Measuring fluid levels is something we do every day, from checking the oil level in our cars with a dip stick to assessing much milk is left in the carton (followed by the obligatory, precautionary sniff of course!).
Recording levels by eye
Most fluid level testing we do for ourselves at home is purely by eye, and remarkably the same applies for many industrial situations, often with the use of a gauge or consistency of reading. Other methods include hydrostatic devices such as floats which rely on a consistent specific gravity of the liquid being measured.
However, readings from such methods and devices are not reliable or accurate, and require a person to note and record levels. In situation where companies want to closely monitor tank contents, with the aim to reduce costs and waste, the old-fashioned sight glass is too restrictive. Add in the safety issues of sight glasses leaking or getting clogged with debris, and it’s time to replace this weak link in any system with something more robust, reliable and accurate.
Load cells in fluid level measurements
Needless to say, that ‘something’ is a load cell. Load cells work in fluid measurement by effectively weighing the liquid to a high degree of accuracy. The load cells sit under or within the supports for the fluid’s container, and simply detects the changes in force as the vessel fills or empties.
With some fluids, the weight of the container and associated pipework will be considerably more than the weight of the contents. This is where the accuracy and continual monitoring by load cells comes into its own, detecting even the slightest change in the container contents.
Unlike sight glasses and other floating devices, the load cell never comes into contain with the fluid itself, so it remains separate, dry and free from possible contamination. Its output can be relayed wirelessly to a processor and onwards to monitoring and inventory software. Compared to new technologies that use radar, ultrasound or laser to monitor fluid levels, load cells are proven technology that’s reliable, relatively cheap, easily calibrated and readily available.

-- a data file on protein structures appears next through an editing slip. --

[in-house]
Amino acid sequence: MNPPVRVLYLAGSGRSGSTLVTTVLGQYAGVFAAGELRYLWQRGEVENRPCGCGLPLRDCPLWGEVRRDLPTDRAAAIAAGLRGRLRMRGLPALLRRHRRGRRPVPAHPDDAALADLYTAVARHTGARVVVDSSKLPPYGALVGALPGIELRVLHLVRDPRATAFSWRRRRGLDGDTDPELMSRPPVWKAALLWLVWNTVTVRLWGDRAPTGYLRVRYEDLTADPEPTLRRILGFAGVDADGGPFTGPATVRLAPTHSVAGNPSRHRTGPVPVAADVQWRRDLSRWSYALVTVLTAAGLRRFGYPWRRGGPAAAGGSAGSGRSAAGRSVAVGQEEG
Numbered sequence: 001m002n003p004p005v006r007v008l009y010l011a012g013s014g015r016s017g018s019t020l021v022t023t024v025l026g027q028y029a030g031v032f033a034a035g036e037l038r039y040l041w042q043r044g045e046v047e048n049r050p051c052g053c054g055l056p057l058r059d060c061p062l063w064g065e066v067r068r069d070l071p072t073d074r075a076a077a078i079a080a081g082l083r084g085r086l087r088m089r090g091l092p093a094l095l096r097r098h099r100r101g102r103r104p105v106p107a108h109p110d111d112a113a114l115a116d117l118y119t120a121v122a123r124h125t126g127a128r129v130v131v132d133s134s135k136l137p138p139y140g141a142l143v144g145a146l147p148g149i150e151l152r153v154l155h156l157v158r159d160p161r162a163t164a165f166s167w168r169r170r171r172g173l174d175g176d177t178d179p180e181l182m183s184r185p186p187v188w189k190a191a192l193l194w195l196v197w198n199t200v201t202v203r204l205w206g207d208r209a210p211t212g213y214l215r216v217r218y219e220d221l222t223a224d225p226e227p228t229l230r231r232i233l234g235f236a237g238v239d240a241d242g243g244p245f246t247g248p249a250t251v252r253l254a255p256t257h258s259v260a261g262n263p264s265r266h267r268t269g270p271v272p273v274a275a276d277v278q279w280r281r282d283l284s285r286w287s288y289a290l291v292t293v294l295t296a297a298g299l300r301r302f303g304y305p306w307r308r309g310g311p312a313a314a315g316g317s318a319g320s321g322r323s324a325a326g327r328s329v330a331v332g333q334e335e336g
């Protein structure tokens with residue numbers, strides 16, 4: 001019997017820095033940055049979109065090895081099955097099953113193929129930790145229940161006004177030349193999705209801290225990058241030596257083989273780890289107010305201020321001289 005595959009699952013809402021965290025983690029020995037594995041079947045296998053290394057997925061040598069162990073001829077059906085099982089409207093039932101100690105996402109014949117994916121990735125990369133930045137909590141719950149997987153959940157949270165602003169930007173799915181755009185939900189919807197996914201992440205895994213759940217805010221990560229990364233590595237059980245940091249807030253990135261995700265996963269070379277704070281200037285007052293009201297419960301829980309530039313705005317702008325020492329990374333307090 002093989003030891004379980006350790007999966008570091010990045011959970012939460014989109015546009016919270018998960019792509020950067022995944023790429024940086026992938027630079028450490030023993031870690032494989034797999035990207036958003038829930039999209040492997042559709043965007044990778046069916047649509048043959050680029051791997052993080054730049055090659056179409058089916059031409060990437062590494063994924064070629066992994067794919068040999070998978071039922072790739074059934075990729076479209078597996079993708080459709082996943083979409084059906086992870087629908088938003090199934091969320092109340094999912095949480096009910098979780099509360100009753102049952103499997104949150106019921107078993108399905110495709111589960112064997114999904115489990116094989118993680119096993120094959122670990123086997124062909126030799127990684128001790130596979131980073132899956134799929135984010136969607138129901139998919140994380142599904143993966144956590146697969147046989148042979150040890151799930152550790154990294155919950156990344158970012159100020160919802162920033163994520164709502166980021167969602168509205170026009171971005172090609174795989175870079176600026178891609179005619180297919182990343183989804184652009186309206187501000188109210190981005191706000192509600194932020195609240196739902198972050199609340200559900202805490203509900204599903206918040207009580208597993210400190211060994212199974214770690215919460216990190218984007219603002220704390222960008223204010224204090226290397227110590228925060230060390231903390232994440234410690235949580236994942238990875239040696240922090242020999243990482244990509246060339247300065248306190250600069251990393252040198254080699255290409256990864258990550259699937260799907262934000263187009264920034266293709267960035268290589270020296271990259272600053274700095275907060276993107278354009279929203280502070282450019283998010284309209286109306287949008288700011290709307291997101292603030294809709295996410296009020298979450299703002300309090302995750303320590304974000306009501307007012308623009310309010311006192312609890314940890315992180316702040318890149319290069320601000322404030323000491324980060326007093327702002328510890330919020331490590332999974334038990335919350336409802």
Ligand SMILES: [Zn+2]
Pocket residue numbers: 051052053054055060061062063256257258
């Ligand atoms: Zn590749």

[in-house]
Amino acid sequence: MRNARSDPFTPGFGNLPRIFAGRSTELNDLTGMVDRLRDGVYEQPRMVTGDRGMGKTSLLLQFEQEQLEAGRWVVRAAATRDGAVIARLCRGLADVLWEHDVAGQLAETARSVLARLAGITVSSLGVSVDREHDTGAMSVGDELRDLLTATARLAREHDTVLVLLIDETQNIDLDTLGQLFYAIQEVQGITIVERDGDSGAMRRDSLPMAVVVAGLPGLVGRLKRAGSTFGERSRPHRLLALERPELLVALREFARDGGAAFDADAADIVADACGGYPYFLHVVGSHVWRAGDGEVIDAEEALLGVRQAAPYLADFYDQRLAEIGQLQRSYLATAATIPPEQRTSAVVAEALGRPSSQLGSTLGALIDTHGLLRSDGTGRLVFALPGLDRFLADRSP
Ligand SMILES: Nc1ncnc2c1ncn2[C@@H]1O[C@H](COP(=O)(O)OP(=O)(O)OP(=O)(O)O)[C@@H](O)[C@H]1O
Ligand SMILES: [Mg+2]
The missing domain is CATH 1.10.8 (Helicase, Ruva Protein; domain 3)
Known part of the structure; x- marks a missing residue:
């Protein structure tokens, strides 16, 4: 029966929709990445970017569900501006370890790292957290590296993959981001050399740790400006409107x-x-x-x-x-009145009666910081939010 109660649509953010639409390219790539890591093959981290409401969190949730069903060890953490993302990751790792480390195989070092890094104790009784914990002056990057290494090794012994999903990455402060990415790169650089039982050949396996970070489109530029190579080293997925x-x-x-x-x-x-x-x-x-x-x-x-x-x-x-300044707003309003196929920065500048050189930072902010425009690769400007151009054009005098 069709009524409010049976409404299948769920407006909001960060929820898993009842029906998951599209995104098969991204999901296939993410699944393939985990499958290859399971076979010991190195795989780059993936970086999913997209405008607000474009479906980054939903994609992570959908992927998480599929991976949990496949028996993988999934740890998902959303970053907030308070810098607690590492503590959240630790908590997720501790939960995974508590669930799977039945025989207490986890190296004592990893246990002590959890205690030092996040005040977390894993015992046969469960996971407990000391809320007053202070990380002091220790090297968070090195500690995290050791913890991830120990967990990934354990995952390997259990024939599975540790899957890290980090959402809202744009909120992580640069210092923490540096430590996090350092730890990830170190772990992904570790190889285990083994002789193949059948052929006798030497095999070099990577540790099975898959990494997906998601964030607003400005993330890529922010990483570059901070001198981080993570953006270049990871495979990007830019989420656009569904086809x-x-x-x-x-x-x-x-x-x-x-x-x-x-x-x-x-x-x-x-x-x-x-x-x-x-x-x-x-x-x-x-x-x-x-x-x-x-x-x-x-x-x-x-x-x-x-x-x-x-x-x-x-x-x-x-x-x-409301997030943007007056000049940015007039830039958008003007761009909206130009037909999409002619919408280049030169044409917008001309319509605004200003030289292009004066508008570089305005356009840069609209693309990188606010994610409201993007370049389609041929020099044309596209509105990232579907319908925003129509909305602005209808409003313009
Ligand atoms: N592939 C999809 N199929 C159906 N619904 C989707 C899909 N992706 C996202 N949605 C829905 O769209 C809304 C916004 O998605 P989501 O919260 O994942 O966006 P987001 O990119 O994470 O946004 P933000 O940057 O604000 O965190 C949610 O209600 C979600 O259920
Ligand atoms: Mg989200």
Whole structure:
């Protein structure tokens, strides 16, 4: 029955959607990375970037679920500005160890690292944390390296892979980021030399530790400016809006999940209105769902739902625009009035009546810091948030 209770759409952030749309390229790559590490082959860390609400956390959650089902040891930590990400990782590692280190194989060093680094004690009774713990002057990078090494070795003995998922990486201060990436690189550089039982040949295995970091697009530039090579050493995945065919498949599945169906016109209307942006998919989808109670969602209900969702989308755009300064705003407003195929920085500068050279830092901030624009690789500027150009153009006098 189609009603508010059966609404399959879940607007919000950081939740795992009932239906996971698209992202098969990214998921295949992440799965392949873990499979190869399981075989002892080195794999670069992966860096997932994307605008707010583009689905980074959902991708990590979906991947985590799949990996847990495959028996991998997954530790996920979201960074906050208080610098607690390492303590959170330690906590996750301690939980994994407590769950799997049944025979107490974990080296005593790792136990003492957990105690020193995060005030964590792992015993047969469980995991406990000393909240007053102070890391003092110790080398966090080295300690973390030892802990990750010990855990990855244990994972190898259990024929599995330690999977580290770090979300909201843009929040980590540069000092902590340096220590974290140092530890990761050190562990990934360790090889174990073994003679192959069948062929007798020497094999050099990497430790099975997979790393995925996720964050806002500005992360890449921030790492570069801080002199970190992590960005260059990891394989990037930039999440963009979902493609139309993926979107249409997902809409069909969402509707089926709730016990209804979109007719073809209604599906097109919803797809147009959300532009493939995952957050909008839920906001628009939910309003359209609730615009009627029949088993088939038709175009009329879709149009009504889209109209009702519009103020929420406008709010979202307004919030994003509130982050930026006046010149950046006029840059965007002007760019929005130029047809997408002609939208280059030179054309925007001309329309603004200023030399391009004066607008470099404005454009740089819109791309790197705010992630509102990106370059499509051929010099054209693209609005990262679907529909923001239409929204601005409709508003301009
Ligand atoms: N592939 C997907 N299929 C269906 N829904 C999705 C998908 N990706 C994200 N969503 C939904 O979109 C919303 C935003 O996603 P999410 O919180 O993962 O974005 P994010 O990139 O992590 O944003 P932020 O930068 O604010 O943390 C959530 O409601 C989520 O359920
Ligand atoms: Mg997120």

Load cells and flow meters
Measuring the amount of liquid transferred from a storage container to a transporter or similar is fairly straightforward. However, the same cannot be said for bulk solids when they need to be loaded into another container, truck or vessel. This is especially true if contents from various containers are to be mixed at point of exit from their original container. The answer is to use a flow meter, as an article in “Powder and Bulk Solids” magazine explains:
“A flow meter can be used to obtain a master rate that different feeders can be ratioed off of. This is a common application in large plastic and food extrusion processes. The flow meter feeds in the base material acquiring a master rate to which the additive feeder(s) can be ratioed.”
The four types of flow meter
Load cells are used in the four main types of flow meter:
The material comes into contact with a plate that has a load cell attached to measure the force on the plate.
With this type of meter, the materials slide down a chute that is attached to the load cell. A data processor converts the weight of the material into a rate of flow.
A combination of an impact and a deflection flow meter in one unit.
This includes a rotating wheel fitted with vanes through which the materials pass. The wheel is turned by a motor attached to a load cell. The processor calculates the rate of flow by measuring the force exerted on the load cell by the motor, as defined by the Coriolis force. This is “an inertial force that acts on objects that are in motion relative to a rotating reference frame.”
Load cells at your service
Load cells are a remarkably versatile technology, with a proven track record of reliability in even the most challenging of environments. We design, manufacture and distribute our own load cells all over Britain and beyond.
So, whatever the task, we have a load cell to suit and if not, we can design and make one to your precise requirements.
Give us a call to discuss your next project – we’re always happy to talk techie!